Words for man / husband in Celtic languages.
|Proto-Celtic||*wiros = man, husband|
|Celtiberian||*uiros = man, husband|
|Gaulish||*wiros = man, husband|
|Primitive Irish||*ᚃᚔᚏᚐᚄ (*viras) [u̯irah] = man|
|Old Irish (Goídelc)||fer [fʲer] = man, husband|
|Irish (Gaeilge)||fear [fʲaɾˠ] = man, husband|
|Scottish Gaelic (Gàidhlig)||fear [fɛr] = man, husband, male|
|Manx (Gaelg)||fer [fɛr] = male, man, gentleman, individual, fellow, bloke, chap|
|Proto-Brythonic||*gwur [ˈˠwur] = man, husband|
|Old Welsh||gur = man, husband|
|Middle Welsh (Kymraec)||gur = man, husband|
|Welsh (Cymraeg)||gŵr [ɡuːr] = man, person, anyone, valiant warrior, brave man, hero; vassal; married man, husband; chessman, pawn|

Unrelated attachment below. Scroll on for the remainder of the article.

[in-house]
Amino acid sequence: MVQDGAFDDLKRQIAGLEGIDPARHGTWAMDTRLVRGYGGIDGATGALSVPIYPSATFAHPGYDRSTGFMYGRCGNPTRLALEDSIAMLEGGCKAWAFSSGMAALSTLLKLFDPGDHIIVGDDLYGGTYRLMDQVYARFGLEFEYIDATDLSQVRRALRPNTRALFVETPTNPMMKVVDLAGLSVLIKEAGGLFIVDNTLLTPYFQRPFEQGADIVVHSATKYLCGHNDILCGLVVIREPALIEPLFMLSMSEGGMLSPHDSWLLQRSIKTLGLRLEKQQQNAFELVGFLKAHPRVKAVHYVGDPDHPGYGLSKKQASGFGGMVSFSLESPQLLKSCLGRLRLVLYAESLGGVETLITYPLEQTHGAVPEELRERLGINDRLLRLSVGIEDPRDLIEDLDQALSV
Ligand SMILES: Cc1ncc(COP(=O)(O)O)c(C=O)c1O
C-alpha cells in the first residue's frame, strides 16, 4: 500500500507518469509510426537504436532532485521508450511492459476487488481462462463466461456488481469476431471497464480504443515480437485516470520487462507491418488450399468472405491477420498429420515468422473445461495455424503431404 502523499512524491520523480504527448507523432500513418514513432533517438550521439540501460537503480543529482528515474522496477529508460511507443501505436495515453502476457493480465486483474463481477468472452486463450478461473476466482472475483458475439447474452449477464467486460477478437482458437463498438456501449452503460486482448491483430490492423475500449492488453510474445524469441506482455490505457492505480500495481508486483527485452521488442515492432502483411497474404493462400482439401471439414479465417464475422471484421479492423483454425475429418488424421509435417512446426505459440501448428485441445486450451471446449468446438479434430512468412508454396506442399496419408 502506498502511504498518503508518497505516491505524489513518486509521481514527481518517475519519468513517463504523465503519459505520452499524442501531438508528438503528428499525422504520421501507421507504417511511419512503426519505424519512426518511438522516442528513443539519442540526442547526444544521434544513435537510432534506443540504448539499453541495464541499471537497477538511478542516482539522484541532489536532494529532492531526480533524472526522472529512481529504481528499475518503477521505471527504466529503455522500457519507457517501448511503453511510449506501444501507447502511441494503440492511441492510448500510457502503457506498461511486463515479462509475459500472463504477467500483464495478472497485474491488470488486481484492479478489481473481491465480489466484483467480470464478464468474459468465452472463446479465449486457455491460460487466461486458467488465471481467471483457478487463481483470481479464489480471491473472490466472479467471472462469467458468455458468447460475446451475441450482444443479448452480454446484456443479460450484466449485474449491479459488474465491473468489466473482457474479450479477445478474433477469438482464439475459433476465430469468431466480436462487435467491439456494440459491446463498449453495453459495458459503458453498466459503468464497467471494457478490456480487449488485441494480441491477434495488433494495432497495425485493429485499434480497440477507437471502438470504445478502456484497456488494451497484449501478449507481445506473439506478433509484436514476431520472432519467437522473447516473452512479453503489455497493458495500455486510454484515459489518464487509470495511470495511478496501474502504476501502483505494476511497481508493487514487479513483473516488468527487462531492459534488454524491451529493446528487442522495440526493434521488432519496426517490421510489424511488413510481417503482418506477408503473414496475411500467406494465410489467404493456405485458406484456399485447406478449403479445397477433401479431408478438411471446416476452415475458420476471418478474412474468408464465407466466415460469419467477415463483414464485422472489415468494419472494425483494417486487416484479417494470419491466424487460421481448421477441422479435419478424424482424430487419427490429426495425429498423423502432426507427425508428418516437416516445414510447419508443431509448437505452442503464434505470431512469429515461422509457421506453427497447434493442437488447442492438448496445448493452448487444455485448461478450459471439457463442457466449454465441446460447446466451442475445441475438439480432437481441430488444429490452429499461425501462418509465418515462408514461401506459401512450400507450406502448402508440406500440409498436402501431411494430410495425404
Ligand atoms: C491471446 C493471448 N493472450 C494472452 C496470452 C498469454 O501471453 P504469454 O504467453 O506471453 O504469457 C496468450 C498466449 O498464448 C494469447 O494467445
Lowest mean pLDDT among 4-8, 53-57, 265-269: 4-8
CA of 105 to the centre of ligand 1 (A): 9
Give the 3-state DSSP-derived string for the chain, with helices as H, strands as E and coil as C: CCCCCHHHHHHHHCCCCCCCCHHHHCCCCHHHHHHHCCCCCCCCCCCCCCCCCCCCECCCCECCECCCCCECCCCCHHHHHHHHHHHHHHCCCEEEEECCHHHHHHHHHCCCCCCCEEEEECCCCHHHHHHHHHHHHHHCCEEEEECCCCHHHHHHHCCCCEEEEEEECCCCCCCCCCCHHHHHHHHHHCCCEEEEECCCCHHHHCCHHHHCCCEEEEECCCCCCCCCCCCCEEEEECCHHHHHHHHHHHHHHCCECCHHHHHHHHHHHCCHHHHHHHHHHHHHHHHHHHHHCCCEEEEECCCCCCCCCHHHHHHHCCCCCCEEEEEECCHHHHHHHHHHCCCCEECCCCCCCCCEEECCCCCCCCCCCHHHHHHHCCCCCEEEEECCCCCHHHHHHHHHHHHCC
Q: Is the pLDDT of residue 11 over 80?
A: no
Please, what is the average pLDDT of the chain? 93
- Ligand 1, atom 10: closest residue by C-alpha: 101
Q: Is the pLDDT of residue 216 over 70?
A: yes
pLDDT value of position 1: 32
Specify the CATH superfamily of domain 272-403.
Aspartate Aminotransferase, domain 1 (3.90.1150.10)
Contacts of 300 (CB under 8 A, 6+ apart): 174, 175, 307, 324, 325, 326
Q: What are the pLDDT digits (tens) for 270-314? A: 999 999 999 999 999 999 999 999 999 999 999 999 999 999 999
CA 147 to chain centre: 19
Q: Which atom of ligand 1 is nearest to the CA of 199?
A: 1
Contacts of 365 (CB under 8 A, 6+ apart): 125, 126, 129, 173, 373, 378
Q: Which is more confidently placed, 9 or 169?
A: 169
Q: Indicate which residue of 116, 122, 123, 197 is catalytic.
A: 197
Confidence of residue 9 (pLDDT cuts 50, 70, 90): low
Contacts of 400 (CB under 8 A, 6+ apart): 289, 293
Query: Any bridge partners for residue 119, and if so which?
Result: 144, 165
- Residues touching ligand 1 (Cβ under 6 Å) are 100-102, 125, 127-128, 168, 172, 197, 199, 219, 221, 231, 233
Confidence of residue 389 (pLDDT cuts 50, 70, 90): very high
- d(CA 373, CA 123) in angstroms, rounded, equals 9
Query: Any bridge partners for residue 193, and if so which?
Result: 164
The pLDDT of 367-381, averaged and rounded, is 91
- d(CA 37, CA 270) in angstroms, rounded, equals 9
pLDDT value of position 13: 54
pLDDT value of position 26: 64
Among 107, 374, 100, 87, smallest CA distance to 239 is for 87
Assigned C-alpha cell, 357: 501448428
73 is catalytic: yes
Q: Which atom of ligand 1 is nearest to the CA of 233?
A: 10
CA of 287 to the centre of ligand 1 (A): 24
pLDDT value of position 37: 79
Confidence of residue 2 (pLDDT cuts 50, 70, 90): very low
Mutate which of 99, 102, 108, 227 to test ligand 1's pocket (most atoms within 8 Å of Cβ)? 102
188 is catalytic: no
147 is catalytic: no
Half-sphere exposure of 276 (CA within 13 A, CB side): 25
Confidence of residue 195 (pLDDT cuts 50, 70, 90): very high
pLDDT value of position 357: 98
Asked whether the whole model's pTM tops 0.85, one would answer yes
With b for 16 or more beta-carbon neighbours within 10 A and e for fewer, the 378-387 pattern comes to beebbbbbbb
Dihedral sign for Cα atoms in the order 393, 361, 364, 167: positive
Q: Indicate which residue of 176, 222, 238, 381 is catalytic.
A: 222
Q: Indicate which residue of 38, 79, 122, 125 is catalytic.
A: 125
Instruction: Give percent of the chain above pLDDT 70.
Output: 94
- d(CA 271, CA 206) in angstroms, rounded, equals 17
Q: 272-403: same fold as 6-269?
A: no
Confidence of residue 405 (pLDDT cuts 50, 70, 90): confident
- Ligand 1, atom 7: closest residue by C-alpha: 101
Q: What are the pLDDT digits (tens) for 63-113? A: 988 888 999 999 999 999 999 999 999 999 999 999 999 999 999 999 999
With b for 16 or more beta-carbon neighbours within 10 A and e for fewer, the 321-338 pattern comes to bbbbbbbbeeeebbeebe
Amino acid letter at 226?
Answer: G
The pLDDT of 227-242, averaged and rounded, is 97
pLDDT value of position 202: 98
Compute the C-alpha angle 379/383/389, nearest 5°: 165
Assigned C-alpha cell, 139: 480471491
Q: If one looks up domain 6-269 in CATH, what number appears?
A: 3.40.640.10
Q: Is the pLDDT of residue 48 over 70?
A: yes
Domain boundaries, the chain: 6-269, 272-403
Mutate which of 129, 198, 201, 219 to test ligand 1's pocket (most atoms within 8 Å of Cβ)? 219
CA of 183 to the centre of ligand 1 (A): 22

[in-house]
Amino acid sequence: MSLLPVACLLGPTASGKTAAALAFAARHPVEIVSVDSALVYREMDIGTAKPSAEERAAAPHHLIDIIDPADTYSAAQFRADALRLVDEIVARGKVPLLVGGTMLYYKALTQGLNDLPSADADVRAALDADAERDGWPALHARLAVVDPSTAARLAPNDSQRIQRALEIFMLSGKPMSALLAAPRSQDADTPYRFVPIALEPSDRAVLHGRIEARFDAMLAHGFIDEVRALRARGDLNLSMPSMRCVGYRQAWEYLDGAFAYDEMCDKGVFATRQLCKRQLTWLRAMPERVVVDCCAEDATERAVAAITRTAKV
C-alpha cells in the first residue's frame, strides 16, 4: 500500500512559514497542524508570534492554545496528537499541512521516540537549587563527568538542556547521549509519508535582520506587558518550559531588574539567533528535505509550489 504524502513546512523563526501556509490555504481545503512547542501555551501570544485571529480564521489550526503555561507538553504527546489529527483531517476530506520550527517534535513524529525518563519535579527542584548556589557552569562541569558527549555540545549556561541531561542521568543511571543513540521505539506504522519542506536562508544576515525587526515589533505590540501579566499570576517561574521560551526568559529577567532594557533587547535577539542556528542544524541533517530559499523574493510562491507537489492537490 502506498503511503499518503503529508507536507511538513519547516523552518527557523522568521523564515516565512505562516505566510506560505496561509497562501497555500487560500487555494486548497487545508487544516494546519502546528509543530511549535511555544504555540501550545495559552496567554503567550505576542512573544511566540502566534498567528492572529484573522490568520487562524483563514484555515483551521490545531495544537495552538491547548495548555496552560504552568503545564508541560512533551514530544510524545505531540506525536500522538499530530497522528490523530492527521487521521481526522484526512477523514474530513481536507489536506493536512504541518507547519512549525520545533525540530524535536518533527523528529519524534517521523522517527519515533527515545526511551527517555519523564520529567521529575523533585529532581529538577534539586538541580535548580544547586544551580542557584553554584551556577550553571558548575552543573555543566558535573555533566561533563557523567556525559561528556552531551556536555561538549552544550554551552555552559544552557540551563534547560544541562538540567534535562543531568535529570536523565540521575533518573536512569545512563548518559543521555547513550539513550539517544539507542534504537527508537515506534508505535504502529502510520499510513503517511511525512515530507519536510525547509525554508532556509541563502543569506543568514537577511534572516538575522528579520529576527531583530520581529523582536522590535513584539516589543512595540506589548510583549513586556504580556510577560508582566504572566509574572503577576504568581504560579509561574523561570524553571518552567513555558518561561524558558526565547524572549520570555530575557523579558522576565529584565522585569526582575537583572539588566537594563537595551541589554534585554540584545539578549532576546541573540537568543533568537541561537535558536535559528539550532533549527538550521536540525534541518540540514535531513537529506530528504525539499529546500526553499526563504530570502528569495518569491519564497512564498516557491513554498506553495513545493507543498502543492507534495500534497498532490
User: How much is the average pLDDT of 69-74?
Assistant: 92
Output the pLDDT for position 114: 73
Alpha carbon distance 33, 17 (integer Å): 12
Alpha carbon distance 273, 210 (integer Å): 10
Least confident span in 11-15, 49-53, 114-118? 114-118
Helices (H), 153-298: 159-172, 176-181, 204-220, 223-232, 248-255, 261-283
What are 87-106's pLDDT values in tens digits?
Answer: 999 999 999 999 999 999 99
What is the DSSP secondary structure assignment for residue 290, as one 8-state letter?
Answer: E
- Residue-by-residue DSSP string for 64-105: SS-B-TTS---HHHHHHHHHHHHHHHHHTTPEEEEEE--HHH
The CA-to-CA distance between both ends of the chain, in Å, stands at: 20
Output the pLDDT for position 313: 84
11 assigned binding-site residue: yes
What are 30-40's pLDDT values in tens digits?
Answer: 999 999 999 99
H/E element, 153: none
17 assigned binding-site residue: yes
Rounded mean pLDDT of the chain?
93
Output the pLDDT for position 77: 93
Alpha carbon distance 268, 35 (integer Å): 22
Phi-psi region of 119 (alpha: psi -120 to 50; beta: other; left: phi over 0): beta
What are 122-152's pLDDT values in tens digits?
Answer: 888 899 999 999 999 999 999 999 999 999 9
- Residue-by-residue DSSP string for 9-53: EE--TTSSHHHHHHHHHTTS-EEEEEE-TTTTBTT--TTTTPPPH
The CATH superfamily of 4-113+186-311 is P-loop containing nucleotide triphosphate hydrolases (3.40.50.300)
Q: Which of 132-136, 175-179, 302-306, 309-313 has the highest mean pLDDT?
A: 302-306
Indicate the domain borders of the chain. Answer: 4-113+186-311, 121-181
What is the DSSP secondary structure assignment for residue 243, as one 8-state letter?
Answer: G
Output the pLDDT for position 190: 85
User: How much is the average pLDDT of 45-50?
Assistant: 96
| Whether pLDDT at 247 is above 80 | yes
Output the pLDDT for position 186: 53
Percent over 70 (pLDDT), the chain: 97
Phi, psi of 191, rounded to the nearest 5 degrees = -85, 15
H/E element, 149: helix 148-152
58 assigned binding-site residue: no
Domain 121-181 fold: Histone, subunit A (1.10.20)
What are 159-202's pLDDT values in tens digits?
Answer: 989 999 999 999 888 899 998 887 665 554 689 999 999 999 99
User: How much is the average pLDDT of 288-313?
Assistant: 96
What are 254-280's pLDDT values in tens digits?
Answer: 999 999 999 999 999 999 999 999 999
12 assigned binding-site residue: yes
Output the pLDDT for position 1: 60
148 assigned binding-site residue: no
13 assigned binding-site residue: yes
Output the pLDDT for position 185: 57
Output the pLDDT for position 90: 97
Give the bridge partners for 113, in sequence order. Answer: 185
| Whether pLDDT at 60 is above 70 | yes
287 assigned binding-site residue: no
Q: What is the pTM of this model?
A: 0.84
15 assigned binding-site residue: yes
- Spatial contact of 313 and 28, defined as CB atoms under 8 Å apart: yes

|Old Cornish||uir = husband|
|Cornish (Kernewek)||gour [ɡu:r] = husband|
|Middle Breton||gur = man, husband|
|Breton (Brezhoneg)||gour [ˈɡuːʁ] = man, person, husband (rare)|
From the Proto-Indo-European *wiHrós (man, husband, warrior, hero) [source], which is also the root of the English words virile and werewolf.
Words marked with a * are reconstructions.